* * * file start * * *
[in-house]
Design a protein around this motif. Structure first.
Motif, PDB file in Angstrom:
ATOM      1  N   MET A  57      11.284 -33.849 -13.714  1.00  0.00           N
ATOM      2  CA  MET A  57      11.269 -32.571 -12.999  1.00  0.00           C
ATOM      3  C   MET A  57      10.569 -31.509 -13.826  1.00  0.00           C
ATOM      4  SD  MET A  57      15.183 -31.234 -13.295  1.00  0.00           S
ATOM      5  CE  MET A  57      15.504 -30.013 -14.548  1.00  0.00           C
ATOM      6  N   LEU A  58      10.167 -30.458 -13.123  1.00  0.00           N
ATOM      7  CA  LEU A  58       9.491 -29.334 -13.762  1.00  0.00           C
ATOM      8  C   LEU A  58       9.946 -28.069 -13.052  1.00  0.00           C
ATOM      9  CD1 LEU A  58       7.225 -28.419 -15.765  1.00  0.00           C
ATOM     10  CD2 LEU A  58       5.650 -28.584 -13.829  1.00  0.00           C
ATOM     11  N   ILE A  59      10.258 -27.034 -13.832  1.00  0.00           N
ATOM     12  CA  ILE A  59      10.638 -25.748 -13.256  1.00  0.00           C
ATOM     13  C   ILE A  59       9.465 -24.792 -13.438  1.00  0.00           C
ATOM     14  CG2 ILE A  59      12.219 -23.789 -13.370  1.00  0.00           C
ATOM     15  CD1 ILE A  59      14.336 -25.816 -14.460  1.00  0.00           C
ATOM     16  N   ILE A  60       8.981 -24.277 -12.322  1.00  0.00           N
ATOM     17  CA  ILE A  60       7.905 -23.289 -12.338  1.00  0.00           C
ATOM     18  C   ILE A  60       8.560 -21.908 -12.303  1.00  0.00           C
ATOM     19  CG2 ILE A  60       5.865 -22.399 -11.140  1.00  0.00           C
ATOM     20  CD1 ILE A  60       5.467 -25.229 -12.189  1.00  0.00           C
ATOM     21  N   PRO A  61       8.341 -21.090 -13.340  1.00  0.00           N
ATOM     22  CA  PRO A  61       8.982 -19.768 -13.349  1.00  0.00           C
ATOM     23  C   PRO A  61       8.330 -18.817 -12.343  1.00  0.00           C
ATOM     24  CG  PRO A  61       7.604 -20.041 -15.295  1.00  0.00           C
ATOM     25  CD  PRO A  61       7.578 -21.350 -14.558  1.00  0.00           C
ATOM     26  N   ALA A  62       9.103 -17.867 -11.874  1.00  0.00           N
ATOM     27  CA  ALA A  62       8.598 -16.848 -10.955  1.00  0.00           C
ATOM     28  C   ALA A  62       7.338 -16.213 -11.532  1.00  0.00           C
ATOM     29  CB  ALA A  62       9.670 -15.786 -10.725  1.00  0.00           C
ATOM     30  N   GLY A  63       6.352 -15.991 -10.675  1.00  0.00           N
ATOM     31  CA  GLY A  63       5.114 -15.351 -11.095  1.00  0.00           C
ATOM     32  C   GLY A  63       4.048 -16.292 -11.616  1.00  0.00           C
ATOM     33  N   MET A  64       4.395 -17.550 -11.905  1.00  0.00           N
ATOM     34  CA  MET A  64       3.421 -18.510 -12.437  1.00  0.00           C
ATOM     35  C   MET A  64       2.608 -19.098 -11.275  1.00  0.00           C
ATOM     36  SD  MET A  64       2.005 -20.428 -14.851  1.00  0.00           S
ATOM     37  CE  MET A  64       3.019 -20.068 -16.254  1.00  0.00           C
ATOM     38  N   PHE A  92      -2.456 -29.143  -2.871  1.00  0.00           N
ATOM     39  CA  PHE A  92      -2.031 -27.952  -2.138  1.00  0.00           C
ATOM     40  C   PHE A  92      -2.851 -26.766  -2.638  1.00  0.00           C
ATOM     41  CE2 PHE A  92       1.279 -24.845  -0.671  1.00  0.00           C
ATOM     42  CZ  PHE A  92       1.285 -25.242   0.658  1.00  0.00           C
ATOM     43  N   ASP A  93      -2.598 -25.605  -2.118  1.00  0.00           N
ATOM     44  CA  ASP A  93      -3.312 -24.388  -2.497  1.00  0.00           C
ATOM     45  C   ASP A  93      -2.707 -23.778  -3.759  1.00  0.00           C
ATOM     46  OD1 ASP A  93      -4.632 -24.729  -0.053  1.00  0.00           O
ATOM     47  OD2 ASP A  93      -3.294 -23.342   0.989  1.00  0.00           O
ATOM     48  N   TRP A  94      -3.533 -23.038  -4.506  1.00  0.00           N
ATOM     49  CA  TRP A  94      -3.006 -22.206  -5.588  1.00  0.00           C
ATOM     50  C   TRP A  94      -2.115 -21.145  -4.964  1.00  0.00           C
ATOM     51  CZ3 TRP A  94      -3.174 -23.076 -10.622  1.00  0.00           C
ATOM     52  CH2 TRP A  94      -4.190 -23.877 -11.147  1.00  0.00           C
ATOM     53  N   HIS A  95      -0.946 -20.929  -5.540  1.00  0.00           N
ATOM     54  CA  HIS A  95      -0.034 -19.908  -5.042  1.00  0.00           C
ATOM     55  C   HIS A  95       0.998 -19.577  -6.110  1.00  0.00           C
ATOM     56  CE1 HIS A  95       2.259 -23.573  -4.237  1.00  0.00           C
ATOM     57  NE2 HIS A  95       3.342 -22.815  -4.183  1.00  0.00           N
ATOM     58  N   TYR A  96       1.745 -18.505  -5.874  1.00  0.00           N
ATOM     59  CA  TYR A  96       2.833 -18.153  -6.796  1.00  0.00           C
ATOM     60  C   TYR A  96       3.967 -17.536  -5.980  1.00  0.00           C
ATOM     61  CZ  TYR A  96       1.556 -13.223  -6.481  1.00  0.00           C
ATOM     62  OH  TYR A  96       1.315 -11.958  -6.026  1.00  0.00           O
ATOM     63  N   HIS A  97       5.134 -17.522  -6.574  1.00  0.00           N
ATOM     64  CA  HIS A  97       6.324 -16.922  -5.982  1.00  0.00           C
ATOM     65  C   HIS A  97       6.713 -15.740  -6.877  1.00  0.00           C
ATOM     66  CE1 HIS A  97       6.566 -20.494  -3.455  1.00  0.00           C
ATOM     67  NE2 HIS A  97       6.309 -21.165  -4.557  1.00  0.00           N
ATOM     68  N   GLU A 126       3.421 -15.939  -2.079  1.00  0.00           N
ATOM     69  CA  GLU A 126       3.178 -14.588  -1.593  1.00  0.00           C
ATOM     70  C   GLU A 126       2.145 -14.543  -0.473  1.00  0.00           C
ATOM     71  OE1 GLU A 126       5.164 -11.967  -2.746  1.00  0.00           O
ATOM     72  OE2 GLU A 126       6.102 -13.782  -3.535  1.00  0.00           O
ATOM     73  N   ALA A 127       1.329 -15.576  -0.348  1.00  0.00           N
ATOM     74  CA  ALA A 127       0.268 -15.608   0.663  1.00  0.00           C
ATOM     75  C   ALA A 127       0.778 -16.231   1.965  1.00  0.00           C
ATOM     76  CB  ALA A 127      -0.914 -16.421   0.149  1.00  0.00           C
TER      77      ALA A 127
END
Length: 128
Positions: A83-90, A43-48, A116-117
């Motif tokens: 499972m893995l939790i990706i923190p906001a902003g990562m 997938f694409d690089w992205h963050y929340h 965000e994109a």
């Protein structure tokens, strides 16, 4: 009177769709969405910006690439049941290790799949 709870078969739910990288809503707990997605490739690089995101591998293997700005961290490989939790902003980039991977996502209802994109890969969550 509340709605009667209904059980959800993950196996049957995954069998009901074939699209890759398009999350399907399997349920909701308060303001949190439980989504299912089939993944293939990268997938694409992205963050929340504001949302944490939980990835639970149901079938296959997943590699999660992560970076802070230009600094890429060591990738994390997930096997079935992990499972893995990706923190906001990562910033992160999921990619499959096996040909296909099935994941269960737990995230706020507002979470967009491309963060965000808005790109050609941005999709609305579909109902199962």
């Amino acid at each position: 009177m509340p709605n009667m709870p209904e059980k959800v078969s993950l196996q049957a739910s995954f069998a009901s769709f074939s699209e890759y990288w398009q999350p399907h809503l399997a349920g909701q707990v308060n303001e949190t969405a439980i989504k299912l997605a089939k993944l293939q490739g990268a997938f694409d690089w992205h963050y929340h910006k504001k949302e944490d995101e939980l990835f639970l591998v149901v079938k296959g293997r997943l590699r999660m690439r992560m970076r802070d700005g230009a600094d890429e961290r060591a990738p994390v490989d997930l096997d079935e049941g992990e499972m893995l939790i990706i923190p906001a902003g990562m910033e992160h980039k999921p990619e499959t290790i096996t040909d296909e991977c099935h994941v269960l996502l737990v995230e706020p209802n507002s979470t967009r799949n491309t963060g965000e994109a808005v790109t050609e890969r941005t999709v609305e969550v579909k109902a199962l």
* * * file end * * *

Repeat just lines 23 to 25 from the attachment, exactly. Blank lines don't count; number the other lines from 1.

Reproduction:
ATOM     20  CD1 ILE A  60       5.467 -25.229 -12.189  1.00  0.00           C
ATOM     21  N   PRO A  61       8.341 -21.090 -13.340  1.00  0.00           N
ATOM     22  CA  PRO A  61       8.982 -19.768 -13.349  1.00  0.00           C